A women’s revolution is also not limited to winning the rights to vote, divorce, inherit and have an abortion. These rights, attained around the world through women’s struggles, do not, sadly, lead to developments of the quality of a women’s revolution. Then there is the role female politicians from fascistic, fundamentalist or neoliberal parties play in the oppression of women… Neither the participation of women in the workforce for economic independence, nor the fulfillment of the demand for equal pay for equal work lead to developments of the quality of a women’s revolution. The neoliberal strategies of exploiting female employment and the female workforce have resulted in further impoverishment despite longer work hours. The “feminisation of poverty” is a consequence of such policies. The situation concerning legal equality, legal rights attained in the struggle against violence, and the international conventions expected to function as a solution agianst violence are equally gloomy. Examples of these are conventions that are cancelled overnight and laws that are suspended, and laws concerning rights that are not worth the paper they are written on.
With these experiences as a starting point, the revolutions of the 21st century are bound to repeat the errors and defeats of the previous two centuries as long as they do not take on the character of a women’s revolution. Perhaps this is the most significant education that may be derived from the Rojava Revolution. The Rojava Women’s Revolution offers a model for understanding what a women’s revolution is and how it may develop.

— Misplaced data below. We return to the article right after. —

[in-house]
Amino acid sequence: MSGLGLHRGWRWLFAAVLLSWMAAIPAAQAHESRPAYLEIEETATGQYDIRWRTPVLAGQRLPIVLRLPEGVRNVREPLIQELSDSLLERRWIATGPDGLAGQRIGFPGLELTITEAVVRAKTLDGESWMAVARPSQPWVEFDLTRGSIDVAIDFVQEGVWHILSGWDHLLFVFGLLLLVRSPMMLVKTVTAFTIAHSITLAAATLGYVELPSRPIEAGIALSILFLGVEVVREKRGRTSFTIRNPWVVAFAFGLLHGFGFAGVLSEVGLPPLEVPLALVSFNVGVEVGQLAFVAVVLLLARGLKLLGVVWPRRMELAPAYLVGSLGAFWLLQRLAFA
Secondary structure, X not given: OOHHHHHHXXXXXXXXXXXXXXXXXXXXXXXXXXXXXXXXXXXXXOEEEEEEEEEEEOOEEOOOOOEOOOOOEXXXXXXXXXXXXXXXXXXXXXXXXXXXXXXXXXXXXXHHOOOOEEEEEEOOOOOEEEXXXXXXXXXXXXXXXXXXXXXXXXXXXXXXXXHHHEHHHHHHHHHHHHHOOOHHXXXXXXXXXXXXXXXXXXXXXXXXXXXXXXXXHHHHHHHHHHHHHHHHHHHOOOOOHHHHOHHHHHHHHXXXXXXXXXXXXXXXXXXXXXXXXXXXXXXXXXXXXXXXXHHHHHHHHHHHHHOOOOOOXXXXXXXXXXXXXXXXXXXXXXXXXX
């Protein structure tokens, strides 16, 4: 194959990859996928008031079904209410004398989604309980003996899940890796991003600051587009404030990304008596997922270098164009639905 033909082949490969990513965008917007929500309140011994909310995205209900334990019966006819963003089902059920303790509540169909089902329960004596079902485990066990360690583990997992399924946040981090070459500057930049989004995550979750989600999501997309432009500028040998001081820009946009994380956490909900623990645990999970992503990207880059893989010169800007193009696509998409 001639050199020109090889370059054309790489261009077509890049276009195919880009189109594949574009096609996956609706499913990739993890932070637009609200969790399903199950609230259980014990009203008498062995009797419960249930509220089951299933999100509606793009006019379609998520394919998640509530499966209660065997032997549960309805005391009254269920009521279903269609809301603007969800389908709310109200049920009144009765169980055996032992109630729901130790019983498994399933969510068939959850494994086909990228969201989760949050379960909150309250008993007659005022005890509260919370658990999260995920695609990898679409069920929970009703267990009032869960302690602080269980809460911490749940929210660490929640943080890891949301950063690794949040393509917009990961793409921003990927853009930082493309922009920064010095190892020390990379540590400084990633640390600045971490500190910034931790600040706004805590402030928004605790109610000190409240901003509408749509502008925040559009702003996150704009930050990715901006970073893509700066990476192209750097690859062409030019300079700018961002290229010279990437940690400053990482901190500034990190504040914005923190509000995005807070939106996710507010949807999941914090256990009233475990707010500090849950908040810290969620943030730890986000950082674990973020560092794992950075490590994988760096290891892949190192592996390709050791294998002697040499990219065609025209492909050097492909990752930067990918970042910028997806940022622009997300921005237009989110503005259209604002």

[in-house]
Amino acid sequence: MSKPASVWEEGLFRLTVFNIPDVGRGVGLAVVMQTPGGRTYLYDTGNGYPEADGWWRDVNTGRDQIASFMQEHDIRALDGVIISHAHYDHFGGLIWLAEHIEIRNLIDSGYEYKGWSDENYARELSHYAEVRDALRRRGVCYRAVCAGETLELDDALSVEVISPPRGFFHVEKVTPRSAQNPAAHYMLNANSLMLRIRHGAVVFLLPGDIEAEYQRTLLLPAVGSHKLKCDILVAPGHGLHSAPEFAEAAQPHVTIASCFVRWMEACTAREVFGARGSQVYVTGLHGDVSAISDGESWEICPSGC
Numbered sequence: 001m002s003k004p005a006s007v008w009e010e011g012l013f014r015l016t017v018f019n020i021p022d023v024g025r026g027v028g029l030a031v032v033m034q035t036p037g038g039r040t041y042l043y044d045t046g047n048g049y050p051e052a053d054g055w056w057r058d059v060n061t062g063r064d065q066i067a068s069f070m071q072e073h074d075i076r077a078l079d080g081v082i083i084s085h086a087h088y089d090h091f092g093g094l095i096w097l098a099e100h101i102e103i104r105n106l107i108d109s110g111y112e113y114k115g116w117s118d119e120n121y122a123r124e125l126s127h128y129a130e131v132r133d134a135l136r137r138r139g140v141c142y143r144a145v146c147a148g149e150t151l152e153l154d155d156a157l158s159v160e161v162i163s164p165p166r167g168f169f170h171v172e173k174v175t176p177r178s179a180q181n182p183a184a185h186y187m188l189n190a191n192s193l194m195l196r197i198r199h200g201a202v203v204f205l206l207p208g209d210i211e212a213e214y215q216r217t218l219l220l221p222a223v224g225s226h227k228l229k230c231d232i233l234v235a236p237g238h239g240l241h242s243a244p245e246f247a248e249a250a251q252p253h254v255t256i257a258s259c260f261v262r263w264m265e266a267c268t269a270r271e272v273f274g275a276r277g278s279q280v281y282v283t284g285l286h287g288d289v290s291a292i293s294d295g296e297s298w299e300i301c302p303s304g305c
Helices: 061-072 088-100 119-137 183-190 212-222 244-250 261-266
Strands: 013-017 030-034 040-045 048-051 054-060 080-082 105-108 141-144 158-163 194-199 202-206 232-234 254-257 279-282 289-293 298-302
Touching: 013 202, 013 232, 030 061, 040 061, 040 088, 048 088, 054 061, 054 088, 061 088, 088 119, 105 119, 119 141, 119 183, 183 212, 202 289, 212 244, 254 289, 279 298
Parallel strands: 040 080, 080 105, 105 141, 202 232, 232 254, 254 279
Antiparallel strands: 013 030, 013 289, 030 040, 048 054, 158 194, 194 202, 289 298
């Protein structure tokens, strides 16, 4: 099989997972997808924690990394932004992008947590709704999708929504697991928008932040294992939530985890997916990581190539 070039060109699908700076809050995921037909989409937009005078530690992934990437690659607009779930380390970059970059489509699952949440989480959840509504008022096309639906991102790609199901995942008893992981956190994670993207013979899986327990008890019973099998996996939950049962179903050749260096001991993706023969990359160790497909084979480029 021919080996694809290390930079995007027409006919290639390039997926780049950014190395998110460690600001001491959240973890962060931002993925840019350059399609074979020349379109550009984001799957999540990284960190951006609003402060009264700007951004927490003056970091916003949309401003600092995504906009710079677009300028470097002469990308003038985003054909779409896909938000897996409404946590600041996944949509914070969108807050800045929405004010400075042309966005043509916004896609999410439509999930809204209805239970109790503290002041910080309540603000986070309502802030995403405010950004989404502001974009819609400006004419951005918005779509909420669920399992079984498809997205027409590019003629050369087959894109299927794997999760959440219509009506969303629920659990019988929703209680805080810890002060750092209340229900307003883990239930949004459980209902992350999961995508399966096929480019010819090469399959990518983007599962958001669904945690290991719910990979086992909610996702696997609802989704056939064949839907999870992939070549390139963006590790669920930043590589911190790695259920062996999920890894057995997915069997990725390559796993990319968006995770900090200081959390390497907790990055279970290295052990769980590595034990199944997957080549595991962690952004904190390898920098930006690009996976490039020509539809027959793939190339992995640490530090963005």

It can be said that the definition and objective of the women’s revolution is to turn women’s liberty to a culture and ethics. Women in Rojava act in accordance with the values of women’s liberty both at war and in the process of rebuilding. For this reason, the Women’s Protection Units (YPJ) do not fight like an army of men, and the women do not return to their homes in disillusionment when the fighting is over.
However, it must not be concluded that this revolution has been completed or finished. As the revolution is about to reach its 10th anniversarywe must ensure that the women’s revolution has grown its roots deep in Kurdistan and Middle East. We must ensure that it is thriving; strong enough to resist attacks, in other words, firmly enough entrenched and in a position to establish universal ties. We still have a long and gruelling journey ahead to achieve this.
* Sakine Cansız, one of the co-founders of the Kurdistan Workers Pary (PKK), was imprisoned after the Turkish military coup in 1980, to be released in 1991. She went to Europe in the mid-1990s, and was granted political asylum by France in 1998. She was killed in Paris on 9 January 2013 along with two other female Kurdish politicians, Fidan Doğan and Leyla Şaylemez, by an assailant believed to be working as an assassin for the Turkish National Intelligence Agency (MIT) and working undercover as a driver for Cansız.